It’s 2023. Oversharing on social media is the norm for so many.  And interestingly, social media use upticks as spouses are contemplating divorce.

A 2014 study published in the journal Computers in Human Behavior found a correlation between increased social media usage, decreasing relationship satisfaction and increasing divorce contemplation. So, it’s no surprise that those who are divorcing tend to share information about their marital strife on social media.  

However, when you’re going through a divorce, you might want to think twice before clicking “POST.”

Here are some scenarios that I have seen cause trouble for divorcing individuals on social media that you should consider avoiding:

1.         Badmouthing your spouse: Social media is public. So public, that one Google search could lead your children to see what you really think about their other parent. Consider the fact that you wouldn’t (or at least shouldn’t) stand in a public square in front of your estranged partner or your children and speak about your relationship difficulties. The same should be true on social media.

2.         Airing grievances concerning your children: While it may sound rare, public social media complaints about children’s schools, doctors, or friendships is actually more common than you would think. Maybe you’re just tying to get a pet peeve off your chest or even resolve a lingering issue, but consider that you may be divulging private information about your children’s educational difficulties, diagnoses, or other identifiers in a way that invades their privacy and is contrary to their best interests. It could be something a Court would consider in assessing the custody factors.

3.         Posting about your extravagances: Sure, you want to publicize that you’re living your best post-separation life on a yacht somewhere in the Mediterranean, but if you’re also in Court making a claim that you can’t afford to pay support, or in the alternative, that you desperately need support, perhaps think twice. While someone else may be footing the bill for these extravagances, it’s still not a great look if you’re embroiled in a fight about money. It also raises questions about money you may be receiving from other sources.

4.         Publicizing a new relationship: You may just be posting about your daily goings-on with a new romantic interest, but if you are making a claim for alimony, this may be very consequential. Alimony is suspended or terminated if the recipient is cohabiting with an unrelated partner in a relationship tantamount to marriage. With enough evidence about the nature of your new relationship, degree of overnights, and intertwinement of finances, you could end up tanking your entire alimony case. Facebook evidence is gold when it comes to proving cohabitation, so keep that in mind as you’re in your new relationship bliss.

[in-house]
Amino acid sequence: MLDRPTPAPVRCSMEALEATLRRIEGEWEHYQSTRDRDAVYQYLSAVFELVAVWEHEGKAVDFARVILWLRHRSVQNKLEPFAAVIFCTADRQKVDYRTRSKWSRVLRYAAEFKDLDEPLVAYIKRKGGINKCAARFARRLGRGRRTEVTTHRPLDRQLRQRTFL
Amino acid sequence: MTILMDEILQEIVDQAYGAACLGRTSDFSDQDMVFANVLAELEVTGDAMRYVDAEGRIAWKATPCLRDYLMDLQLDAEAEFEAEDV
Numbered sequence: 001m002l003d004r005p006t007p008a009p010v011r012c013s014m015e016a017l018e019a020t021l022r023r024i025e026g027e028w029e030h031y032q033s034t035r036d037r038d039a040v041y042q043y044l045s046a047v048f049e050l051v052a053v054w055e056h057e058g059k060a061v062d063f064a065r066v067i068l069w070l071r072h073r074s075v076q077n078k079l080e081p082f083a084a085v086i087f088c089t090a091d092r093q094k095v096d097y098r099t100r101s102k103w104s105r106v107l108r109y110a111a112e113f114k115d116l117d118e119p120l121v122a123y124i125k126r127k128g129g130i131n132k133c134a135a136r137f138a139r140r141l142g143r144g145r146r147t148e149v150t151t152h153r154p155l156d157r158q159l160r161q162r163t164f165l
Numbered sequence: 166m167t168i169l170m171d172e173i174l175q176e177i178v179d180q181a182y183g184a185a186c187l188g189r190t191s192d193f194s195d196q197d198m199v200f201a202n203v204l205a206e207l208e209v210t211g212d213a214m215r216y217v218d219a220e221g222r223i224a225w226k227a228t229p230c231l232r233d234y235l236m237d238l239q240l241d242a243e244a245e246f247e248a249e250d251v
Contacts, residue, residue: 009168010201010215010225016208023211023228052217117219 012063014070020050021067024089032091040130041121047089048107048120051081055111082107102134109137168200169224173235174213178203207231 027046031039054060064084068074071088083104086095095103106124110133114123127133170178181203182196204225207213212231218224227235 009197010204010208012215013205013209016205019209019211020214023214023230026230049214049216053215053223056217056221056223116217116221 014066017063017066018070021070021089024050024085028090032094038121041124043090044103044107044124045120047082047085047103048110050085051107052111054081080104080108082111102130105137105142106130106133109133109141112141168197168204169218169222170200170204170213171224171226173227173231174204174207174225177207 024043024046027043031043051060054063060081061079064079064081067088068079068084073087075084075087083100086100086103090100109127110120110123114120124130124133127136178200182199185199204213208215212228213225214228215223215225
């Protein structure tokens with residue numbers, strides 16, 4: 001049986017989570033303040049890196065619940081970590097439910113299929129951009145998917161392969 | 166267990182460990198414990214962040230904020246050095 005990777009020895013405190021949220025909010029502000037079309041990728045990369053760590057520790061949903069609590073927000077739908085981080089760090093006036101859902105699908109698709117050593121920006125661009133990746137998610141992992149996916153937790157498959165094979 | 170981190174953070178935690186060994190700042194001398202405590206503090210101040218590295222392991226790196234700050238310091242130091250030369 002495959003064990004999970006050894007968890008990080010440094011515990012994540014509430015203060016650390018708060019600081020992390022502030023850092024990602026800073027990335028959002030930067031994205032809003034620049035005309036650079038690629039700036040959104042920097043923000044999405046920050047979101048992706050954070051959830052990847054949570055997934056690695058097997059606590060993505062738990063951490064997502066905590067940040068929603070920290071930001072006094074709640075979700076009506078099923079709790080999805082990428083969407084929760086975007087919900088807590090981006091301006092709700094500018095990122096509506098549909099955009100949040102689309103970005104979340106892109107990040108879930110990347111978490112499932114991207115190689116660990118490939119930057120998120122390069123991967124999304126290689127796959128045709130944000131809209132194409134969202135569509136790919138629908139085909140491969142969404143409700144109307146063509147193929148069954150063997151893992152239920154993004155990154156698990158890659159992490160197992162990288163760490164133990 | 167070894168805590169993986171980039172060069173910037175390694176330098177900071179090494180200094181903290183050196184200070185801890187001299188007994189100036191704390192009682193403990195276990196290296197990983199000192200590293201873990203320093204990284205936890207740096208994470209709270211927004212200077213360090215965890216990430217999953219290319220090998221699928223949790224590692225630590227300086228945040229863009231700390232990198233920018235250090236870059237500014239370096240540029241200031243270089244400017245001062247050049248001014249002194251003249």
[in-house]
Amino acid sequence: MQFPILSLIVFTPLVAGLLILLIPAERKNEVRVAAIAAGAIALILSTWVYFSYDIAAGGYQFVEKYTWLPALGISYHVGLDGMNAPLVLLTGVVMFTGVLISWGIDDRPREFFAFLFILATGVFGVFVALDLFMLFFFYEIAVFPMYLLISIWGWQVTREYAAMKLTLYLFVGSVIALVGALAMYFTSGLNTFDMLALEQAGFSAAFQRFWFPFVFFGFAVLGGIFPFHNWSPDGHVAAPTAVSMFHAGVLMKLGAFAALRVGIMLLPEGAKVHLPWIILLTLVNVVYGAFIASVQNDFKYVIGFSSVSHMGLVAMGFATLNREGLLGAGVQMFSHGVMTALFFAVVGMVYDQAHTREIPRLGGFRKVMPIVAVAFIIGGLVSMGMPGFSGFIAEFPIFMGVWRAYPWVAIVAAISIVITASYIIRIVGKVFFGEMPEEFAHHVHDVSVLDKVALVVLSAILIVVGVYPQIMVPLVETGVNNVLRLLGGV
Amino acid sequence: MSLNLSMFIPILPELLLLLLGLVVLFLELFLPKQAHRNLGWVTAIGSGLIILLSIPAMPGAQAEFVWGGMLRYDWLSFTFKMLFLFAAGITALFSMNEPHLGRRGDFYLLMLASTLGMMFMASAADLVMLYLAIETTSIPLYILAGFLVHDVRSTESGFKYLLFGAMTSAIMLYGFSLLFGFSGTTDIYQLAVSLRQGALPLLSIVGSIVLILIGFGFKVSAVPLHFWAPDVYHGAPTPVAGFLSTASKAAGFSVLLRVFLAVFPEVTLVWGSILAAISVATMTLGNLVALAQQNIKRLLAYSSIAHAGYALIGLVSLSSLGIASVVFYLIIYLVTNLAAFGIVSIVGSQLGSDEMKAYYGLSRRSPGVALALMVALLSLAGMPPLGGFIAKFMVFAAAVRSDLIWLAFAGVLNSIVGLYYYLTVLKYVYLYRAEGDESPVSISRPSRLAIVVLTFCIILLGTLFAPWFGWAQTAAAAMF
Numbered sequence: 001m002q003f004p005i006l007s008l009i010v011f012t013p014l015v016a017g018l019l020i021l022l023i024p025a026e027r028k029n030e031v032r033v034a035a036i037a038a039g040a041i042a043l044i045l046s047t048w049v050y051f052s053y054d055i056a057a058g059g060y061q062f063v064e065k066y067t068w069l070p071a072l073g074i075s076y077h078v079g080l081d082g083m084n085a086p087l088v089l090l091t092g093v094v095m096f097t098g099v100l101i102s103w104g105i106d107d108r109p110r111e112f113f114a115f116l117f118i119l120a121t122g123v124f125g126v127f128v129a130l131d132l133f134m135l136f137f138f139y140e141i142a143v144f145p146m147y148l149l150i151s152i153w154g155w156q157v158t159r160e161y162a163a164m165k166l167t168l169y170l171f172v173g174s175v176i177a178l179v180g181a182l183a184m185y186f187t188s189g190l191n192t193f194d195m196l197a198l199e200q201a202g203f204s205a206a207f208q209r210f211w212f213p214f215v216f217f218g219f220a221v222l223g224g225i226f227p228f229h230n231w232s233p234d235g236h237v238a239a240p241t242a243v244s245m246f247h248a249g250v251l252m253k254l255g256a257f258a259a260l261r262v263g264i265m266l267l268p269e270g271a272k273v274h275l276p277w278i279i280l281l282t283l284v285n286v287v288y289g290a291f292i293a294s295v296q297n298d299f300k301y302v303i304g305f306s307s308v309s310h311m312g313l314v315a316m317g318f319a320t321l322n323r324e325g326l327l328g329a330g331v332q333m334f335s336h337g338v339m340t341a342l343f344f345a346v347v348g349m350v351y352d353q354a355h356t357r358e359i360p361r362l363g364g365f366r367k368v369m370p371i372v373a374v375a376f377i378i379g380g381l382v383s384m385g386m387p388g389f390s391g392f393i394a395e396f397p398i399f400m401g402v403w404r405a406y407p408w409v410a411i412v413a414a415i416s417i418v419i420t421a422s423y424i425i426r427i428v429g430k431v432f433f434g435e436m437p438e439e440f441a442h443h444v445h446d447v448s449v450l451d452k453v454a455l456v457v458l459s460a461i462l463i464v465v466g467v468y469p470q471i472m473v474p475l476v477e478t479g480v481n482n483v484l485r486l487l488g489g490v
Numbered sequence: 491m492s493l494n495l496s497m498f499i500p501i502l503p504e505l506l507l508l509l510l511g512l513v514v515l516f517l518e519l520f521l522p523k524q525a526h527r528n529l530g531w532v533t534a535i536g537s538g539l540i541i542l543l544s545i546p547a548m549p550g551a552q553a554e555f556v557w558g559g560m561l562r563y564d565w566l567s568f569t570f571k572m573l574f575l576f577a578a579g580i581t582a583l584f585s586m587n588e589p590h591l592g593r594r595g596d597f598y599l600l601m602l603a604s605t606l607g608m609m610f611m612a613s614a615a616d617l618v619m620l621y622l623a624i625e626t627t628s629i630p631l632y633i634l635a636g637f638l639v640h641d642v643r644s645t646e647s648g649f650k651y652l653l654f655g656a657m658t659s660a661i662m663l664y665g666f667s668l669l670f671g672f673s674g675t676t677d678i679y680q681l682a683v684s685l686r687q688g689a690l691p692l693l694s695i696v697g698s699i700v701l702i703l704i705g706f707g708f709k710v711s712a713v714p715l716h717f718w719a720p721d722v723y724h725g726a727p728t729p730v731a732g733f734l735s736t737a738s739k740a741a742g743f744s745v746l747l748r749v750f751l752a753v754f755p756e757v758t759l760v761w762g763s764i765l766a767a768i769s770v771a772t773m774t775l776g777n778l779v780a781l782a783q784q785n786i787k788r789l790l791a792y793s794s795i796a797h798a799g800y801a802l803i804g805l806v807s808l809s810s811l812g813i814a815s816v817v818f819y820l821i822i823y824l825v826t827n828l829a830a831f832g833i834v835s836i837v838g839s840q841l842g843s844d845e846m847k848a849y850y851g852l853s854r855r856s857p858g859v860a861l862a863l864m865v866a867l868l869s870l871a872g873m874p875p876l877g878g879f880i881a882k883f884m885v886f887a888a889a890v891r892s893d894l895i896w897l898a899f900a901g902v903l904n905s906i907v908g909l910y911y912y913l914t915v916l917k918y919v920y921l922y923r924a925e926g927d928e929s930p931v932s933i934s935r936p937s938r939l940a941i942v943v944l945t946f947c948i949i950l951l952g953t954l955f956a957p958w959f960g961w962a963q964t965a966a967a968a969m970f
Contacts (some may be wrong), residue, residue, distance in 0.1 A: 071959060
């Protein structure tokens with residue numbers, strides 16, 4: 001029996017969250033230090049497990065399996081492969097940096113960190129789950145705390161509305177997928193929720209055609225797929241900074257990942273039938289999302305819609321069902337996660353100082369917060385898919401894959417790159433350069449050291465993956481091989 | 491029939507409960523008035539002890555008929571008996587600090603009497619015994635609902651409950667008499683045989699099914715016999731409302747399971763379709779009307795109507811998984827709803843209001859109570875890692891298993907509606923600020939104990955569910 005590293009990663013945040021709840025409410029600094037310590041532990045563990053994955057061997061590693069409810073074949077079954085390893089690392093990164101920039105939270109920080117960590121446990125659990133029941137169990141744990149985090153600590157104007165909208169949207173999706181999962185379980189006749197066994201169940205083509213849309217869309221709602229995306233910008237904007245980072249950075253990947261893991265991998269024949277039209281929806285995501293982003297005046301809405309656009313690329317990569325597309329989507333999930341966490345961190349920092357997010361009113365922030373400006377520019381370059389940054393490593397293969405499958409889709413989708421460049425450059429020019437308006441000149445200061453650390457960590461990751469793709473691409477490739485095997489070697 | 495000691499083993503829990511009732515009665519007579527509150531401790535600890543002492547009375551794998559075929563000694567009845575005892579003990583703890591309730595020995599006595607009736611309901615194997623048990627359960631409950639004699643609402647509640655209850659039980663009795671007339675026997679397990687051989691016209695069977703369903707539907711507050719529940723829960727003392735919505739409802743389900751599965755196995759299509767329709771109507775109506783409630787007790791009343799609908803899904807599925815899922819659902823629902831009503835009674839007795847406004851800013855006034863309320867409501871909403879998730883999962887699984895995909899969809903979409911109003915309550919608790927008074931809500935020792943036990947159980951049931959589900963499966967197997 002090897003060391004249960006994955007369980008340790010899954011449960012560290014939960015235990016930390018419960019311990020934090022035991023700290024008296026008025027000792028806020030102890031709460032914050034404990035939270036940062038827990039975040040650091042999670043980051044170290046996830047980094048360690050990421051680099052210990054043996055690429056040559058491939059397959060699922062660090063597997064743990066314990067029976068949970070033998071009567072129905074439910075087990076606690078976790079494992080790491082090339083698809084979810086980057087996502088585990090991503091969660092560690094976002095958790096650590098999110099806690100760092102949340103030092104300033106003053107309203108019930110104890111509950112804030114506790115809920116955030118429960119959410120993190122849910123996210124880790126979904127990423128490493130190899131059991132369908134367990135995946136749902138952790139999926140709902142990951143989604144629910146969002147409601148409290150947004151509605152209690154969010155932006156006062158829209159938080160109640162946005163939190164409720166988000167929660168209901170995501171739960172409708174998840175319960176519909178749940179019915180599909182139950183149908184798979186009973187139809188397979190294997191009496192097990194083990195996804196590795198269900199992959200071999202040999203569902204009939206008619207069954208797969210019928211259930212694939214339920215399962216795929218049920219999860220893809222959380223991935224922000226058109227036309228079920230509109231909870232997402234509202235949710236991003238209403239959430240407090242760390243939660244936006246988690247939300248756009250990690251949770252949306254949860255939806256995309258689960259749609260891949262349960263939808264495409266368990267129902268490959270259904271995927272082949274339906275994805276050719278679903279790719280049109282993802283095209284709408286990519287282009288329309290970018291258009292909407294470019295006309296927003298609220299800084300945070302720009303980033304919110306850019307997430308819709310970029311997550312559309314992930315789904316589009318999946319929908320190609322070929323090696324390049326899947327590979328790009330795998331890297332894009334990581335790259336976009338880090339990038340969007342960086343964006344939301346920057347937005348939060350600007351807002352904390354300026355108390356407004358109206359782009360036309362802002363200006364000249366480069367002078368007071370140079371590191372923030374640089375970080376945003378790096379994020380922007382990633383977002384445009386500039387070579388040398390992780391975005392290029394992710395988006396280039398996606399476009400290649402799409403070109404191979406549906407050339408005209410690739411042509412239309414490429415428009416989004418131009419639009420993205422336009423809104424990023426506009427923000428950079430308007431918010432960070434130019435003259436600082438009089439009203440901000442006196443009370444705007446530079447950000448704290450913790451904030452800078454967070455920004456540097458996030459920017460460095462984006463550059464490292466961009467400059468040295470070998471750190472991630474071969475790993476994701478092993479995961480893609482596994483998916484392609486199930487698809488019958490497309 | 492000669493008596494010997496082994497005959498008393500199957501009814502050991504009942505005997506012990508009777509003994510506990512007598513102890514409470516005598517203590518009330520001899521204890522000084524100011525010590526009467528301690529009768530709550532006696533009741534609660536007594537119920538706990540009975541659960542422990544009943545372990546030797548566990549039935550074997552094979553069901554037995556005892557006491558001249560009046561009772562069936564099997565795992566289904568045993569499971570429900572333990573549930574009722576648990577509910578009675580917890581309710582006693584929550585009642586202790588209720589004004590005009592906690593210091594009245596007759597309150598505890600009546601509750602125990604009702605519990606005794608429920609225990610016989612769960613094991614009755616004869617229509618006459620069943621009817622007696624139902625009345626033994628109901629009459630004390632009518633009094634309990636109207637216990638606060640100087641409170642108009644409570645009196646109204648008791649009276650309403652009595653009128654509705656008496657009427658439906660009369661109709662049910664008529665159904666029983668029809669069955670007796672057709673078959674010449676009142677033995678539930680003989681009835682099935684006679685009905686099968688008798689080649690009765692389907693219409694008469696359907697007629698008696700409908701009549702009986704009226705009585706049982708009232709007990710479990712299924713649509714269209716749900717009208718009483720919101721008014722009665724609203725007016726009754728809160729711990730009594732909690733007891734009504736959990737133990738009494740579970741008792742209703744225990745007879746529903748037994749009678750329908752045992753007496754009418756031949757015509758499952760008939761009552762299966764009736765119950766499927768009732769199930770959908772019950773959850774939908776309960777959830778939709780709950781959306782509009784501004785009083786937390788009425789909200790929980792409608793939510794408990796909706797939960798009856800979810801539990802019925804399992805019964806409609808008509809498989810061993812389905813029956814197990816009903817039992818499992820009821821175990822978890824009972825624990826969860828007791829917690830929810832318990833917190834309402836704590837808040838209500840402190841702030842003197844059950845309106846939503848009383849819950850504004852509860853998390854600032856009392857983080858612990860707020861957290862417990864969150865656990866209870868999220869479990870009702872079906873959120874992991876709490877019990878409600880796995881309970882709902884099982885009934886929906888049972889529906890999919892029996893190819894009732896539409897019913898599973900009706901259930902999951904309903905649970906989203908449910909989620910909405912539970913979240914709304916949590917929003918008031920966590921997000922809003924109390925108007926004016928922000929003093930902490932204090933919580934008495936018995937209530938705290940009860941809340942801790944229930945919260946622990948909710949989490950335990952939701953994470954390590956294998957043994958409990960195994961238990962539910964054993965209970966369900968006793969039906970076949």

5.         Post-Separation Escapades: While it is enticing to share the details of your new-found freedom with the world, refrain from posting photographs showing you out partying all night, drinking to excess, or out of the home for prolonged periods. If you’re in the midst of a custody case, your spouse could use that to show you are not spending enough time with the children and should not be granted custody as a result.

Lawyers use social media to gain evidence necessary to establish facts in a case. Consider the following to lawyer-proof your social media use during a divorce:

  • Take a hiatus from social media altogether if you’re going through a divorce or custody battle.
  • Direct your family not to post anything negative about your marriage or your spouse in a public forum. Of course, it goes without sayin that you shouldn’t post anything controversial about your spouse either.
  • Don’t engage in discussions concerning your divorce, your spouse, or your children, even in comments sections.
  • Think about making your account private and remove your spouse a as a connection.
  • Change passwords and recovery emails to ensure your spouse cannot access your accounts.

As always, if you have any questions concerning social media use during a divorce, you should ask a lawyer.


Eliana T. Baer is a contributor to the New Jersey Family Legal Blog and a partner in the Family Law Practice Group of Fox Rothschild LLP. Eliana practices in Fox Rothschild’s Princeton, New Jersey office and focuses her state-wide practice on representing clients on issues relating to divorce, equitable distribution, support, custody, adoption, domestic violence, premarital agreements and Appellate Practice. You can reach Eliana at (609) 895-3344, or